[ September 2010 Edition ]
Rough Swells; Great Celebration!
The YWAM Medical Ship has moored in many different places over the years, but arriving in PNG this time will always going to be a great memory in the hearts of the ship’s crew and the people of PNG. Even though there were big swells that made reaching land tricky, the city of Kerema ensured that the excitement they were feeling in their hearts toward the YWAM Medical Ship, was not lost in translation. This is an excerpt from ship’s captain, Captain Jeremy Scheirer’s recent update.
welcome, but as PNG is the land of the unexpected, there will be more surprising and humbling experiences like this to come, as all on board continue to pioneer ways to see basic needs in people’s lives met in this wonderful country.
You can track the position of the ship by going to www.marinetraffic.com
“At one point Hannah and I were sat in chairs welded to poles and carried on the shoulders of 8-10 men each. I was very glad to see the people recognize us so enthusiastically…because we certainly did not warrant such tremendous honour. The Gulf Governor, Hon Havila Kavo said he has never seen the people of Kerema put on such a welcome.” The crew was not expecting such an extravagant
Welcoming Ceremony in Kerema City
G’day from Ken, CEO
Ken Mulligan and Patron Hon. Mike Reynolds AM in front of the ship in Townsville
The YWAM Medical Ship is near Kerema, in the Deception Bay region of the Gulf in PNG. After five months of promoting the value of life up the coast of Australia and seeing young people come alive with a heart to help their neighbours, the clinic onboard the ship is being put to great use as our teams are daily coming into contact with people who are desperate to have their health needs met. The toothbrushes, spectacles and medical equipment that have been donated are now going into the hands that need them most. This is where we get to see, in real terms, a country come alive and I’m excited that this is just the start of the YWAM Medical Ships fulfilling a huge purpose in our corner of the world. The teams of dentists, including Townsville’s local 1300 SMILES dentists, optometrists, opthomologists, primary health care workers and other allied health professionals continue to go above and beyond to try to help the supply meet demand in the Gulf Province. There are hundreds of stories of hope springing up in people’s lives as our teams go from Kerema into the Highlands to meet other babies like Bonnie and see communities forever changed. We are extremely fortunate to be seeing the outcome of what a multitude of people and years of hard work can do.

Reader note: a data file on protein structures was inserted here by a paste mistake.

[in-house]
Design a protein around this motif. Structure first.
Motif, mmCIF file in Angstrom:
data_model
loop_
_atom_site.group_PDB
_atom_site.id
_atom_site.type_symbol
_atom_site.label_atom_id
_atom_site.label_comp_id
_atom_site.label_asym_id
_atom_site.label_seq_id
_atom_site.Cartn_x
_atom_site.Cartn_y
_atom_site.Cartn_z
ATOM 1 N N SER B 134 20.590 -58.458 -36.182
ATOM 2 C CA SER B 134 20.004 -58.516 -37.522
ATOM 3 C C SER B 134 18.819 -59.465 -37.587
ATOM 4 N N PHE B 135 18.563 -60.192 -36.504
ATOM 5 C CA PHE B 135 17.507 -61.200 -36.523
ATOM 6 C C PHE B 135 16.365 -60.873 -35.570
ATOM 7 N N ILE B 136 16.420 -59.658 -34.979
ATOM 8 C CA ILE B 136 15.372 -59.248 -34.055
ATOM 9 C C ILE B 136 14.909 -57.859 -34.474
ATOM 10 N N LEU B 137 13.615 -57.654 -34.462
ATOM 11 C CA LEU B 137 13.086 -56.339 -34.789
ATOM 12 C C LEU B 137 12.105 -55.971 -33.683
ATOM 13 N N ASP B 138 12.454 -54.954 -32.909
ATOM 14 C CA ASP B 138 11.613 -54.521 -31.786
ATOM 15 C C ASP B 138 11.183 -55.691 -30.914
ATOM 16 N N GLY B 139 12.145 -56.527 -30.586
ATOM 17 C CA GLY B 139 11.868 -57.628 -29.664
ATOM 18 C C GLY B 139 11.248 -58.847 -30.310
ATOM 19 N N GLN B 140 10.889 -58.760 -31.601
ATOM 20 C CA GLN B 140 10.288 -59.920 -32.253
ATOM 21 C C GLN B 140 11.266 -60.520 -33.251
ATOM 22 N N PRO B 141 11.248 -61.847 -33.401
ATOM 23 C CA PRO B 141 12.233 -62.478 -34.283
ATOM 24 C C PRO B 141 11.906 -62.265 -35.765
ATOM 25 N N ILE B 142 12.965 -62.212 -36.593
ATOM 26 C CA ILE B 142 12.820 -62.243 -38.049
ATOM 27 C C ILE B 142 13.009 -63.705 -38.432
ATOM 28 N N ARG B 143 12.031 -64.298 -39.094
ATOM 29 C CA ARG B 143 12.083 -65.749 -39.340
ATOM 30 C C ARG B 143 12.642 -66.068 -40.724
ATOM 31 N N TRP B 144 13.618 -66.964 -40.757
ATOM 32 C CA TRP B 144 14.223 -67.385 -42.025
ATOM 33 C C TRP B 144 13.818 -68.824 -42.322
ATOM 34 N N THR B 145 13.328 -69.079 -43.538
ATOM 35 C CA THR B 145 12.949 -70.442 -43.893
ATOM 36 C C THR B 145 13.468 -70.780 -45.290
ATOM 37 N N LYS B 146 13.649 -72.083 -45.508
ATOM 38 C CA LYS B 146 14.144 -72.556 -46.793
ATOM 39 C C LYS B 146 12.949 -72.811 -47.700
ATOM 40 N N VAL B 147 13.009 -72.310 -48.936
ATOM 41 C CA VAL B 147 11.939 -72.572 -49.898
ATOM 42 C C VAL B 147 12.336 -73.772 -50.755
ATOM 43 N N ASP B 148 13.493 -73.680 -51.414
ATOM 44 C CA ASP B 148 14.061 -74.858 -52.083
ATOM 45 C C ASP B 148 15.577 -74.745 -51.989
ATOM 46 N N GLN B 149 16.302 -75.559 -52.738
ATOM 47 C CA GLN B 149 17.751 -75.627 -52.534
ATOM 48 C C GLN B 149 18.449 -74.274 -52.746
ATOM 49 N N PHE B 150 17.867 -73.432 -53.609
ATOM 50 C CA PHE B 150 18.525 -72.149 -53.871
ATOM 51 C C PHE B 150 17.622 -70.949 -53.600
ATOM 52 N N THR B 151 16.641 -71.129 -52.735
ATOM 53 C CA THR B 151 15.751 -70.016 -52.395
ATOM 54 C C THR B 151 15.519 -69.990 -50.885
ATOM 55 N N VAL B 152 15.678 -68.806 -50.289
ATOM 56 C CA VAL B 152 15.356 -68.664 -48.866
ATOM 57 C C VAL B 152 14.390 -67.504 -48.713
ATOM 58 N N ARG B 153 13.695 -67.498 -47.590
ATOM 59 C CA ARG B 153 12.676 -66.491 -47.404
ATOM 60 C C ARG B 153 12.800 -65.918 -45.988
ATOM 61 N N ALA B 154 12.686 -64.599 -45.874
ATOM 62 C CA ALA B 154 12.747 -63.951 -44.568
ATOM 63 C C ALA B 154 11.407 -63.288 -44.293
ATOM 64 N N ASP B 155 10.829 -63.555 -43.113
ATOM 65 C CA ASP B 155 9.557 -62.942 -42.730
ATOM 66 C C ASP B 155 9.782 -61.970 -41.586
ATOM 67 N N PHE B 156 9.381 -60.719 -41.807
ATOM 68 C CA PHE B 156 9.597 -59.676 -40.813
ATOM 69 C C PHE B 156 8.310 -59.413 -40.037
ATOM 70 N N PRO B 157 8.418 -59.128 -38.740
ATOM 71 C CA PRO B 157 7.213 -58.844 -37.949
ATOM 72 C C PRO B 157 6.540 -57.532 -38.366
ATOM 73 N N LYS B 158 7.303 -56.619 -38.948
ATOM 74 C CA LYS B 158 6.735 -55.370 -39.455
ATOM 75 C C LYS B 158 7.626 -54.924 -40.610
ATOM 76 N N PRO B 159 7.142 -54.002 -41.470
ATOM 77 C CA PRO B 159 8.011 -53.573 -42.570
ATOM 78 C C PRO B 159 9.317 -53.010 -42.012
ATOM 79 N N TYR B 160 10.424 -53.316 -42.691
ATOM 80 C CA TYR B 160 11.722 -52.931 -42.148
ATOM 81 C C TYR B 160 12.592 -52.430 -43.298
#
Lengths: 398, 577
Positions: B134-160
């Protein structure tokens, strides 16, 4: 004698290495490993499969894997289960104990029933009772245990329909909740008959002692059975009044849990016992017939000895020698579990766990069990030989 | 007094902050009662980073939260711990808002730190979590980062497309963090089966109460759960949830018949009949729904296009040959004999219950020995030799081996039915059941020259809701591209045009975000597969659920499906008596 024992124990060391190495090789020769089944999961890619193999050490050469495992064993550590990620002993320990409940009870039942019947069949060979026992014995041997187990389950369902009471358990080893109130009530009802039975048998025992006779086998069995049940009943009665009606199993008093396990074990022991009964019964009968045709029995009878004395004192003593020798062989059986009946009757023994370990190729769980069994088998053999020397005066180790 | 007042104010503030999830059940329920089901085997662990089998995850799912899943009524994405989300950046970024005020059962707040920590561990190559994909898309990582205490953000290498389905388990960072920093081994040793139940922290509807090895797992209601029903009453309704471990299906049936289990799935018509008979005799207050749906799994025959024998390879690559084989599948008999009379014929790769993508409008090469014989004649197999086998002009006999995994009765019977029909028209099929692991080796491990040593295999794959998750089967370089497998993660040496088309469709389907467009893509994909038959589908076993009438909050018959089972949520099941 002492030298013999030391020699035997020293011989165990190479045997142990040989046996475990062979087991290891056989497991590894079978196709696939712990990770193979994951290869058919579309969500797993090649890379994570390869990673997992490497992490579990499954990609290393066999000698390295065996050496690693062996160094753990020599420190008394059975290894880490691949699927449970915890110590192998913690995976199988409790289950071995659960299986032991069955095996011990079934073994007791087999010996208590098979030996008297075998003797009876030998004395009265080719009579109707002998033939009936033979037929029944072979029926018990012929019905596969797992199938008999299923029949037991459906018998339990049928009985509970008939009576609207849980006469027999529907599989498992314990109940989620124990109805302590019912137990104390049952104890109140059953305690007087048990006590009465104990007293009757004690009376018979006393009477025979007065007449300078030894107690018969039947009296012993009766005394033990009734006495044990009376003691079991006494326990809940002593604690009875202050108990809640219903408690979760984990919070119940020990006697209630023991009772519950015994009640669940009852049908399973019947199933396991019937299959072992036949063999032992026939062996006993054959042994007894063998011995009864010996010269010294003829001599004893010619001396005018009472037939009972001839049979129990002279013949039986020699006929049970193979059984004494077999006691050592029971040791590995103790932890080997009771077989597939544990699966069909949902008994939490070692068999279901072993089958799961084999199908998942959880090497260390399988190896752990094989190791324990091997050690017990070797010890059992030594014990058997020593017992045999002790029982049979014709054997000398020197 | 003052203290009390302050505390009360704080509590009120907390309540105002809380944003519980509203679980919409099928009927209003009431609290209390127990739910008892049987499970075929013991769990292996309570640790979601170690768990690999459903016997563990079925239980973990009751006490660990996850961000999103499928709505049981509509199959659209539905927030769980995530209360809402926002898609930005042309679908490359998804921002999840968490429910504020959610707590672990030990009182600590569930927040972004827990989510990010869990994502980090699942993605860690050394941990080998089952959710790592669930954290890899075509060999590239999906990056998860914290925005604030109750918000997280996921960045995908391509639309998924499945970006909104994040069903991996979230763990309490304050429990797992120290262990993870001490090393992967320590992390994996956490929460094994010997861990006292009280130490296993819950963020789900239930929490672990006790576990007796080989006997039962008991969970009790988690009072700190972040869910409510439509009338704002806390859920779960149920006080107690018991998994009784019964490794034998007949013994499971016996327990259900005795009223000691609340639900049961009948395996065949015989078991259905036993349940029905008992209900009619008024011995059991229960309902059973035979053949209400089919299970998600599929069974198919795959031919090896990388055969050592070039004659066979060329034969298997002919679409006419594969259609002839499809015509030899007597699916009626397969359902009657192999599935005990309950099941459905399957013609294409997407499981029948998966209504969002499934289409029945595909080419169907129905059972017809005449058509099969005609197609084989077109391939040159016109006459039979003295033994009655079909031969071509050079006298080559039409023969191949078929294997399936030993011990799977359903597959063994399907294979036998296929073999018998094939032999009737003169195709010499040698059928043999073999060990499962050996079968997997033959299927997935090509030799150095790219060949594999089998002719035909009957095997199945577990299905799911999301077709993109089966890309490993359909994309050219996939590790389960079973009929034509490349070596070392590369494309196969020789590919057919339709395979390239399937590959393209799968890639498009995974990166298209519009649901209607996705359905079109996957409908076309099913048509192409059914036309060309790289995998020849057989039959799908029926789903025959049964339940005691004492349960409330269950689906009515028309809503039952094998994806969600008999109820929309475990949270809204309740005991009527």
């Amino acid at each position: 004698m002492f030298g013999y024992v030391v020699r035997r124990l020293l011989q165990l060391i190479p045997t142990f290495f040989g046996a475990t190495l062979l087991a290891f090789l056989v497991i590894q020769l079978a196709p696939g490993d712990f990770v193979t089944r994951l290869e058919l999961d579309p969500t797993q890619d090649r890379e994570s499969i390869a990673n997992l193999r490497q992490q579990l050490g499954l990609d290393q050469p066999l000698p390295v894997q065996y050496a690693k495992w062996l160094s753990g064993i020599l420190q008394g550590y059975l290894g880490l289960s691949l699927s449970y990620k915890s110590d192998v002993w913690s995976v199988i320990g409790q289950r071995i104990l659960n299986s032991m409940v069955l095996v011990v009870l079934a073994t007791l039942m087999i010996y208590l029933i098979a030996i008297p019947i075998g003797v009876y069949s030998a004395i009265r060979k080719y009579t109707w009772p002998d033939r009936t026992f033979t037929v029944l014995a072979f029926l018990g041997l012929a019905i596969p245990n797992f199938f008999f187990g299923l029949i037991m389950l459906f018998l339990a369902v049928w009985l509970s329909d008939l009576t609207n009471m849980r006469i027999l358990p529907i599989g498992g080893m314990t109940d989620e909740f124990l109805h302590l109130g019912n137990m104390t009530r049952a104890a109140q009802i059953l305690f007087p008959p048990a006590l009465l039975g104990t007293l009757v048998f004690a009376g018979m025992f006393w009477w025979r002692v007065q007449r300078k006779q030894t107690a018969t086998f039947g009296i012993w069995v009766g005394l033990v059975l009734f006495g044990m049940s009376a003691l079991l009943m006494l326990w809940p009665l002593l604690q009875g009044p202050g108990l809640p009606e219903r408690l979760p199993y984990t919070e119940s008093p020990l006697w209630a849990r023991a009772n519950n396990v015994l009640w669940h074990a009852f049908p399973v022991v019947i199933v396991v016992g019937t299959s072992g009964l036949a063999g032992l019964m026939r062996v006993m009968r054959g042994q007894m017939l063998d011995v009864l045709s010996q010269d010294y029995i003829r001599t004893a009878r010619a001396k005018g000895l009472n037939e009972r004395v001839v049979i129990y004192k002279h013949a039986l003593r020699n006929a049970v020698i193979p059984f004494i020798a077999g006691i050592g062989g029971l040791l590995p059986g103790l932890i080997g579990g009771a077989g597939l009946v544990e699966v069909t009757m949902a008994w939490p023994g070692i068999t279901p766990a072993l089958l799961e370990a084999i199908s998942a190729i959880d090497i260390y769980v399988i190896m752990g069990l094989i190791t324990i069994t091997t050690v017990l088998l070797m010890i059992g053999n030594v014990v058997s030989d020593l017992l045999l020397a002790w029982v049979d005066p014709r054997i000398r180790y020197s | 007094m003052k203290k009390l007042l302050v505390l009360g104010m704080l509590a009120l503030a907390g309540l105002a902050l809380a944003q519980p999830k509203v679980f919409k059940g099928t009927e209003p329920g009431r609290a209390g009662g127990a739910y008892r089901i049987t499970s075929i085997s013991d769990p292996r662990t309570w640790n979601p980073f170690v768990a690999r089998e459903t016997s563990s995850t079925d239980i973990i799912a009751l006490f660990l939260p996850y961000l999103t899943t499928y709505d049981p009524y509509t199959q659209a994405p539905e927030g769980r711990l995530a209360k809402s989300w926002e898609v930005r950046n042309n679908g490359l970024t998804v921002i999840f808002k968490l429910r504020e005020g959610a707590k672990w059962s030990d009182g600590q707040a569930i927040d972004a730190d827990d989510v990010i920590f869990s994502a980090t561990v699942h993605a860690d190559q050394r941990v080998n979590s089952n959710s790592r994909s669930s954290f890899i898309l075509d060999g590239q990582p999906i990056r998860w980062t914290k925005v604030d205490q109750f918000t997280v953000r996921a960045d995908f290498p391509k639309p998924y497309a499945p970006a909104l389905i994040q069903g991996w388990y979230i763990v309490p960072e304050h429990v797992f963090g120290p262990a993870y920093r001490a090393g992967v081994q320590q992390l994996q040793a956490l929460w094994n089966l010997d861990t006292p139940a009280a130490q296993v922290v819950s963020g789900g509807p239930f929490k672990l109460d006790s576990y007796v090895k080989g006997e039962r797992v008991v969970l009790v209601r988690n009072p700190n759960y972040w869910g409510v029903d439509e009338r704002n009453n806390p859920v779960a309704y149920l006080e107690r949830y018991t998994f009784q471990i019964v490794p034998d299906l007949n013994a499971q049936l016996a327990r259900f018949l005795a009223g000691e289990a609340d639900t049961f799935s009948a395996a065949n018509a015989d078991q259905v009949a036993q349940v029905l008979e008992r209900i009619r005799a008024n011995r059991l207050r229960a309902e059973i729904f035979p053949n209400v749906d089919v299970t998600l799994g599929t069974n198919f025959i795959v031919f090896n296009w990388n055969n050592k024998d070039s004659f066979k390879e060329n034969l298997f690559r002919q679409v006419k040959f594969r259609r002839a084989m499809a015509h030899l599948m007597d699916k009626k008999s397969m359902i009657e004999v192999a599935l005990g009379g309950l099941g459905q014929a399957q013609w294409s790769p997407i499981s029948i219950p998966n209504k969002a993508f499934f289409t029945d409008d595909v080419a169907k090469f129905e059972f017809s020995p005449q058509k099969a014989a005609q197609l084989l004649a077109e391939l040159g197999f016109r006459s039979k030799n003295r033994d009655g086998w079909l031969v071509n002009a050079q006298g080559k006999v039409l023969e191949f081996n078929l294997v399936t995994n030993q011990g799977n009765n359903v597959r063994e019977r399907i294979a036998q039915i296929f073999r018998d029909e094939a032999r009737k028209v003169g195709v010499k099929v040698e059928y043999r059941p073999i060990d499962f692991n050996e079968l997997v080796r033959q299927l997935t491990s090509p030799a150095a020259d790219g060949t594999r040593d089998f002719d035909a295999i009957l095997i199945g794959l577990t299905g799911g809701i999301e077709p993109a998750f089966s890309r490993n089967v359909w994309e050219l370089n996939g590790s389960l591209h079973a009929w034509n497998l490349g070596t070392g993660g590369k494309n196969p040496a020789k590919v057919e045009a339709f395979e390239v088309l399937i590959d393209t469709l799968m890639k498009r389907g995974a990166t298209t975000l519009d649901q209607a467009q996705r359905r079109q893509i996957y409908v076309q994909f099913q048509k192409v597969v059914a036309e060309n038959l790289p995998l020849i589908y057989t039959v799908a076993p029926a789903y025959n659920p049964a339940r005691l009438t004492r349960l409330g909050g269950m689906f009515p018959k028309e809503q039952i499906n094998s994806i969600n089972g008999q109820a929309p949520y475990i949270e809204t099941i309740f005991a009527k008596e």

“… this had my life’s view completely changed. I want to help as well in the future” - Thursday Island High School Student
The ship sailing into Port Moresby.
Smiling for the Future
As the YWAM Medical Ship sails around the Gulf Province of Papua New Guinea, Medical Coordinator Hannah Peart shares her experience working alongside the dental clinics: The first time we turned up to the village to run the dentistry program, we screened for six patients. Somehow though, by the time we got back to the ship, the long boat was filled with about 15 people. There was a lot of laughter and talk, as well as a few nerves while we registered patients.
Featured Crew Member:
Name: Lindsey Cullison Age: 23 Hometown: Arvada, Colorado, USA YML: How has your perspective on life changed since being in YWAM? LC: My perspective on life changed when I was 11 years old and went on my first outreach to El Salvador and saw the poverty that people lived in. It made me realise even at a young age, that I should be grateful for what I have and that there is so much that I can offer. Also, since joining YWAM three years ago, I have learned that missions isn’t just about living in a developing nation, but about looking outside yourself no matter where you live. YML: What’s the best thing about working with YWAM Medical Ships? LC: Being able to see so many people get involved is the best part of working with YWAM Medical Ships. Some may think that looking after response cards, letters and mailings is a boring job, but I get to see all of the people that have become apart of the YWAM Medical Ship.
People are getting anywhere between one and ten teeth pulled and are bleeding quite a lot. We put gauze on their mouths and tell them to bite down hard to stop the bleeding. They often use their t-shirt to cover their mouth, as they’re a little embarrassed. For a moment, you wonder if they really wanted to see the dentist or not. But, when you sit down and ask if they’re happy, although they don’t smile (you can’t smile with a mouth full of gauze! ), their eyes light up and they nod their head in a mixture of being happy and shy. Even though they are shy, you notice them admiring their selves in a broken mirror, while no one is watching. We also treated a health care worker from the village. She needed two fillings in her front teeth as they were black Afterward, I asked her what she liked most about being a health care worker. She told me her favourite thing was to get out to the really sick, sit with them and make them laugh and smile. She loves to do it and has never had a problem making visits with her black teeth. However, she said that with her teeth fixed, she will be able to smile bigger and help her patients more.
The Gulf Governer on board the Zodiac to visit the ship.
For more information: Address: PO Box 1959 Townsville, QLD 4810 Phone: 07 4771 2123 Contact: email@example.com
The September 2010 YWAM Medical Ship News Update